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Are your library’s books accurate about ag?

My sons and I visit the local library several times a month. The children’s section of the main branch always has a display of books following a certain theme. One month’s theme was agriculture. 

Many of the selections were geared toward elementary-age kids, but one caught my eye as it was obviously for older youth. After skimming the pages, I decided to check it out for myself.

The book, one of a four-part series, focused on free-range farming. As I started reading, I picked up my pen to make notes.

Some things in the book were accurate, such as the statement about organizations creating their own criteria, audits, and labels. Some things in the book were confusing. The terms pasture raised, free range, and organic seemed to be used interchangeably, even though they are not the same.  

Some things were just wrong, such as the declaration that farmers have been getting free crop insurance instead of direct payments since 2014. I know we pay the equivalent of half my salary to buy our crop insurance every year – that’s not free to me. 

I finished the book with pages of notes on my concerns related to the agriculture accuracy of this book. Mind you, this has nothing to do with how we farm, how my friends farm, or preference for one type of farming over another. My concerns have to do with if the book accurately described agriculture practices.  

It does both farmers and consumers a disservice when inaccurate information is published. I wasn’t raised on a farm. Take away my agriculture experience and as a parent reading this with my son, I’d be concerned about our food choices.  

On our next visit, I talked with the librarian about my concerns and learned how books are selected for the shelves. They use national book lists to narrow down titles, then they see if any books with the same or similar topic are in circulation. When ordering through their system, librarians get a one-sentence description of the book. When our librarian showed me the description, I had to admit I would have bought that book, too.

Now that I’ve raised concerns about the book, what will happen? I was surprised to learn my only option is to go before the library board and request the book be considered for the banned book list. That sounds extreme, but what happens if it stays on the shelves and someone without an agriculture background reads it?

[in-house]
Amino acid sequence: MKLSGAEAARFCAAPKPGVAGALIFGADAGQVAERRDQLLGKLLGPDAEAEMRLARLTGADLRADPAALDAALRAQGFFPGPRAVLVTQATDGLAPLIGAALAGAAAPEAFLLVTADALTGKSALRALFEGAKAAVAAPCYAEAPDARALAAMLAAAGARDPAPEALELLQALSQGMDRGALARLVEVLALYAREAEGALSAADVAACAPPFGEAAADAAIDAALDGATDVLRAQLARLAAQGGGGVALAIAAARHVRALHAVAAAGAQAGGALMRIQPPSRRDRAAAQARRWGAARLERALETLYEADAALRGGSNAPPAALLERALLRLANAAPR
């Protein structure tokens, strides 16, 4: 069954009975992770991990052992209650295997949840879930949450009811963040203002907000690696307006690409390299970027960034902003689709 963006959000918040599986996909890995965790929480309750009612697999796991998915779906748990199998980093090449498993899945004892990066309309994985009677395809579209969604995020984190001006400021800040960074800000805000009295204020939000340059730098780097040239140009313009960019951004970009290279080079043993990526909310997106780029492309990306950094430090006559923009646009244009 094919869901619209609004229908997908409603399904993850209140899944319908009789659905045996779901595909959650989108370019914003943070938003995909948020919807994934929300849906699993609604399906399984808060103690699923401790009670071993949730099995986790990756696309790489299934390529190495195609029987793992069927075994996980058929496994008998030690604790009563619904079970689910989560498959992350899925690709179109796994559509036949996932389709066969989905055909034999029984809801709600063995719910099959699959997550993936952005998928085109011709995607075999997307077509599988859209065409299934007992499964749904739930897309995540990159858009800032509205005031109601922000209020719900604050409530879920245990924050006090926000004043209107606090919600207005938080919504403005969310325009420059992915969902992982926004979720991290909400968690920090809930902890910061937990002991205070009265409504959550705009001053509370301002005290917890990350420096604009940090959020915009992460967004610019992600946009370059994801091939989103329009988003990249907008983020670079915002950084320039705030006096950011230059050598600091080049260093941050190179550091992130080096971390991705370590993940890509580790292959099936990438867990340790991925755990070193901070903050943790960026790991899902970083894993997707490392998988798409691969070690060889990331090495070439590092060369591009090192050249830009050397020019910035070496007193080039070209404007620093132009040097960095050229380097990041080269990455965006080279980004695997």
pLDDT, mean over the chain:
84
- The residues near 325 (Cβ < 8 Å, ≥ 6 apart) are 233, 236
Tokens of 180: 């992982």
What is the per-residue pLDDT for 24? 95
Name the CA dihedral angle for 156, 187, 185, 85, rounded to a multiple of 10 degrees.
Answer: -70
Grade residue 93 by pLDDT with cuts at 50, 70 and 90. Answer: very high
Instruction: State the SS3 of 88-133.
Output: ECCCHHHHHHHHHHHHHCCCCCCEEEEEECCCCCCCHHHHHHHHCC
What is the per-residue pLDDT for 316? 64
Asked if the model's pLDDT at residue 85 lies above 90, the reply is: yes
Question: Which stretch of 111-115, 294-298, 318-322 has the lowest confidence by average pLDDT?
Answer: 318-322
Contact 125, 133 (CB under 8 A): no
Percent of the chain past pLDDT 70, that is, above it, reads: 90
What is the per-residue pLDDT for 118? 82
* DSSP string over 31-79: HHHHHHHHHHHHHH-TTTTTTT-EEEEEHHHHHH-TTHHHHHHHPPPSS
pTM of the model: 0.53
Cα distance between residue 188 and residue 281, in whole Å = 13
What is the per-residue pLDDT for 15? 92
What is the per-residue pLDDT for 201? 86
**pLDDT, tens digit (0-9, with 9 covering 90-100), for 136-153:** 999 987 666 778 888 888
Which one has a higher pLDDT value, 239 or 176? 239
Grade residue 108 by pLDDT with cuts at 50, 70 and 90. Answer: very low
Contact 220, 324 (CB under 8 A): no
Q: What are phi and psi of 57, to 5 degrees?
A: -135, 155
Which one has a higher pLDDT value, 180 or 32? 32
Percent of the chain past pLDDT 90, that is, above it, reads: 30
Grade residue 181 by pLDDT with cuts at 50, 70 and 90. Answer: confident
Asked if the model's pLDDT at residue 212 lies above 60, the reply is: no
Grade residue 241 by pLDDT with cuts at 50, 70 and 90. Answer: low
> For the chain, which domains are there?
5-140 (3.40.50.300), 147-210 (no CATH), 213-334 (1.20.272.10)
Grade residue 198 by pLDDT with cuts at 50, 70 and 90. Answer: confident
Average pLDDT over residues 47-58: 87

I haven’t made my mind up on going before the library board, but I have talked to our county’s Farm Bureau women’s committee chair. I knew our county board bought a copy of the American Farm Bureau Foundation for Agriculture “Book of the Year” for each elementary school. I wasn’t sure if we also donated one to the pubic library. We didn’t, but the board has since approved this, so now each year the public library will receive at least one agriculturally accurate book.

It doesn’t do much good to have that book on the shelves if students don’t read it. I’ve talked with the librarian at my son’s elementary school. She does lessons for the students, and I’d love to see an accurate agriculture book used in one of her lessons. I learned that the school librarians have meetings at the county and state levels, so there are numerous opportunities for farmers to connect with these influencers.  

I also plan to share the Foundation of Agriculture recommended publications list with our children’s curator. This database includes over 500 agriculturally accurate books for people of all ages. These would be great to read during the library’s weekly story time or to include in the summer reading program.  

Browsing the shelves turned an ordinary library visit into a chance to engage with an audience I’d never considered and opportunities beyond just getting a book on display.

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